[According to Chamber of Commerce] the regulations create a new ‘unclassified’ workplace violation, giving the state agency the ability ‘to strong-arm employers for higher penalties.’
Proponents of the bill never provided any evidence that increasing penalties or allowing more lawsuits would actually reduce injuries or illnesses in the workplace. What is certain is that employers in California will now face far greater penalties for alleged safety and health violations than employers any-where else in the nation. Undoubtedly, this will lead to much greater litigation of Cal/OSHA citations.
Its appropriate name should be the 'Be an Employer, Pay a Massive Penalty' Act.
AB 1127 would unfairly hold an employer liable for violations of independent contractors over whom they had no control. This is not only unfair, it makes no sense. And, as a result, AB 1127 will discourage employers from hiring independent contractors, who are often small and minority-owned businesses.
This bill would have a severe economic impact on local, family businesses like the beer wholesalers by exposing them to increased liability and the potential for costly litigation claims.
It is doubtful that doubling criminal provisions and the imposition of exorbitant fines will proportionally improve worker safety. Provisions to impose larger potential fines on corporations are also unfair and unjustified.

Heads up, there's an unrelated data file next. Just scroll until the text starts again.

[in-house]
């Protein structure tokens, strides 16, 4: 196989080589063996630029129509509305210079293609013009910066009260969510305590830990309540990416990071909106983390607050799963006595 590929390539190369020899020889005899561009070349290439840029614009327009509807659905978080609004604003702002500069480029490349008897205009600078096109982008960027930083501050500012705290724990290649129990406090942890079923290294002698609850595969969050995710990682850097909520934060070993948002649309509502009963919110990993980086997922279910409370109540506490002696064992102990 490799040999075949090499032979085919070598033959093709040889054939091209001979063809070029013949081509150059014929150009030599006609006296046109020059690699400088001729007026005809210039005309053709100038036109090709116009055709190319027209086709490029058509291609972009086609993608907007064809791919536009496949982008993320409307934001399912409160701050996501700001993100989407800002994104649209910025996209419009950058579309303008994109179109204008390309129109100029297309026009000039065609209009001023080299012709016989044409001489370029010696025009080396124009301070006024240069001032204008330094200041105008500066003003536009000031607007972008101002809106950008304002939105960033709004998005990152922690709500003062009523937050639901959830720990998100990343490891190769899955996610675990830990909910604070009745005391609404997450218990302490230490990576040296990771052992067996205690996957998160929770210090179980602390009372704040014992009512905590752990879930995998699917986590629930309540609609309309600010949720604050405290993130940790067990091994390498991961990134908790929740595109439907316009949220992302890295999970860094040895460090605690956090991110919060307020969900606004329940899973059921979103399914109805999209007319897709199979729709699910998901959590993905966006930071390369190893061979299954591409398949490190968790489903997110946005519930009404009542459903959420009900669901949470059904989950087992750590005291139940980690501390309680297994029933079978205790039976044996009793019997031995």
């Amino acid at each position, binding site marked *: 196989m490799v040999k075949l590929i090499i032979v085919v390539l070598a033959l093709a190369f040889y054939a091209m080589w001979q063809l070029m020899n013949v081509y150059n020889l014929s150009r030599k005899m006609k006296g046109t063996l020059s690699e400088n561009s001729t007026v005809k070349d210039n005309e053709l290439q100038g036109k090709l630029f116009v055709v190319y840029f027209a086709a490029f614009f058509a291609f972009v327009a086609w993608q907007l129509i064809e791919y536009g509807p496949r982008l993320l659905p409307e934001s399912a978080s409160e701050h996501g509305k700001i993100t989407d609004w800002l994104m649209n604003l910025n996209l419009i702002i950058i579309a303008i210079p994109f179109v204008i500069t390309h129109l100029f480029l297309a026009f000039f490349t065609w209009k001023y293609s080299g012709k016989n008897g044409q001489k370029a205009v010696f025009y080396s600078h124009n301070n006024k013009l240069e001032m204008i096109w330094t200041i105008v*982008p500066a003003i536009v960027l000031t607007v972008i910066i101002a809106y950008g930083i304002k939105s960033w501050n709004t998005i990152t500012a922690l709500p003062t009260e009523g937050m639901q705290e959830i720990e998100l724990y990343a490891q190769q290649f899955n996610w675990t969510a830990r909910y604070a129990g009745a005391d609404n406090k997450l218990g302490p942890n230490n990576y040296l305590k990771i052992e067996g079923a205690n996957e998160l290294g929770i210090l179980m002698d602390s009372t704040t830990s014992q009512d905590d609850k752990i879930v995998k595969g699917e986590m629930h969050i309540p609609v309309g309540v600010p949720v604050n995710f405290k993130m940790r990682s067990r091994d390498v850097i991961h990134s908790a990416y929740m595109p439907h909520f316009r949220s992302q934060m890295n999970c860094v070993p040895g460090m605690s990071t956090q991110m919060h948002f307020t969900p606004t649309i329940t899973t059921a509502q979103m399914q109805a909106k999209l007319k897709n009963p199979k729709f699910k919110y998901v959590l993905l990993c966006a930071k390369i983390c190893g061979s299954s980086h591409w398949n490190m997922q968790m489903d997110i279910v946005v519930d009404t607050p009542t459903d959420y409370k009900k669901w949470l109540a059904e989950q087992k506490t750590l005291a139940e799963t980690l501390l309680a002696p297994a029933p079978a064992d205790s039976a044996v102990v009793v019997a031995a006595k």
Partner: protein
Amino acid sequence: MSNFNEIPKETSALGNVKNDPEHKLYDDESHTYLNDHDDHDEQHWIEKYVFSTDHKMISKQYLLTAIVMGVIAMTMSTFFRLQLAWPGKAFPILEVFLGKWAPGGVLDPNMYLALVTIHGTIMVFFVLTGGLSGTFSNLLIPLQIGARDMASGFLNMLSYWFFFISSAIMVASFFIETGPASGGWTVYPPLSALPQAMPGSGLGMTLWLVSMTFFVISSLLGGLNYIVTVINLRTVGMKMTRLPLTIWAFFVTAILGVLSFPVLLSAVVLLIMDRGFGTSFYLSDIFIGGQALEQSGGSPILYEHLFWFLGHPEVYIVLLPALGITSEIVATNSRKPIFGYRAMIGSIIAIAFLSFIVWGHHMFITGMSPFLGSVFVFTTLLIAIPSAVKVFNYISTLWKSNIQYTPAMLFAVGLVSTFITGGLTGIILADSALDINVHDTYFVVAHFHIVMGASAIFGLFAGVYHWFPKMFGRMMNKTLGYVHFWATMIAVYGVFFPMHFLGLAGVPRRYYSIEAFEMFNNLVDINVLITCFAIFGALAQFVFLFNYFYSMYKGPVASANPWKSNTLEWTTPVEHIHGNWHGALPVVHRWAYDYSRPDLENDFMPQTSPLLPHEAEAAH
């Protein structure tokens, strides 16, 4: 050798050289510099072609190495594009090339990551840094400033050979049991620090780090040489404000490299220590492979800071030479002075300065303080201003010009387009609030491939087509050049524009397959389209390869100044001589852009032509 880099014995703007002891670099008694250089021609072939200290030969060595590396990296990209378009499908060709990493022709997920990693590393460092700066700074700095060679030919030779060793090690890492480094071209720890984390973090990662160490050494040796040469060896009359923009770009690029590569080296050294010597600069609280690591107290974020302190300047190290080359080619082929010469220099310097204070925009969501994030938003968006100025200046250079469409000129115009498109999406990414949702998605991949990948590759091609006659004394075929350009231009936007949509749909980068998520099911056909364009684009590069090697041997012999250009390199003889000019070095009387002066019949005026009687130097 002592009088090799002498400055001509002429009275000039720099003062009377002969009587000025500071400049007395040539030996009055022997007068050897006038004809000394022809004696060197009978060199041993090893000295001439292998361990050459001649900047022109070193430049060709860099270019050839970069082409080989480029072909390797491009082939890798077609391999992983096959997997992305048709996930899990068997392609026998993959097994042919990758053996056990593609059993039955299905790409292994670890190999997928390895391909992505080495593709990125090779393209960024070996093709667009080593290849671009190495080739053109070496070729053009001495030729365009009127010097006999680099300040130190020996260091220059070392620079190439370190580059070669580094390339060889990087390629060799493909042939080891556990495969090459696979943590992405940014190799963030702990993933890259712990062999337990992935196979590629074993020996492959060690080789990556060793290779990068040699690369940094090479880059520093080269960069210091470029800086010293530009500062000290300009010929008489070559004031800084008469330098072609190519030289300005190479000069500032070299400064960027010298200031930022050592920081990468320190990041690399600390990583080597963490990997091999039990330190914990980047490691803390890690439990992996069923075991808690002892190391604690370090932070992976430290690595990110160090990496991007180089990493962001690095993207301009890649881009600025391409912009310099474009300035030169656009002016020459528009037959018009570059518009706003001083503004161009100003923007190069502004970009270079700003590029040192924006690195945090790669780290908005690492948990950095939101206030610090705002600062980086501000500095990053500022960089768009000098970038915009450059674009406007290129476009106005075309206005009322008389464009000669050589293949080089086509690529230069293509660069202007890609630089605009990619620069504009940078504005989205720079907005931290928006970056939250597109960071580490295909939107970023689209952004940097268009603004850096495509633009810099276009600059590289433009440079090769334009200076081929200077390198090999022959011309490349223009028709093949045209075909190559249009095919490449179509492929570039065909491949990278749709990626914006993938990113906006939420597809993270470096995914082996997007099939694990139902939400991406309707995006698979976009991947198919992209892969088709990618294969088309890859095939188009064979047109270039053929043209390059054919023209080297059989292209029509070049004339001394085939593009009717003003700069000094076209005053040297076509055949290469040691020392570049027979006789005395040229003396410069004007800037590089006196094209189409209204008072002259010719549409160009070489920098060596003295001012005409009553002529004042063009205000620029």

AB 1127 … would place a powerful hammer in the hands of over-zealous prosecutors to intimidate businesses into pleading to lesser Labor Code violations when threatened with Penal Code prosecution.
Additionally, in a construction setting, where the type of work is inherently more dangerous than an office setting, it will be difficult to hire managers and supervisors for fear that they would be held criminally liable for accidents.
The provisions of this bill are extremely open-ended, and encumber both employers and Cal/OSHA with many unreasonable administrative burdens and costs.
Under this measure, accidents will have devastating effects on employers. Encouraging lawsuits is good for attorneys, bad for business, and ultimately, bad for employees.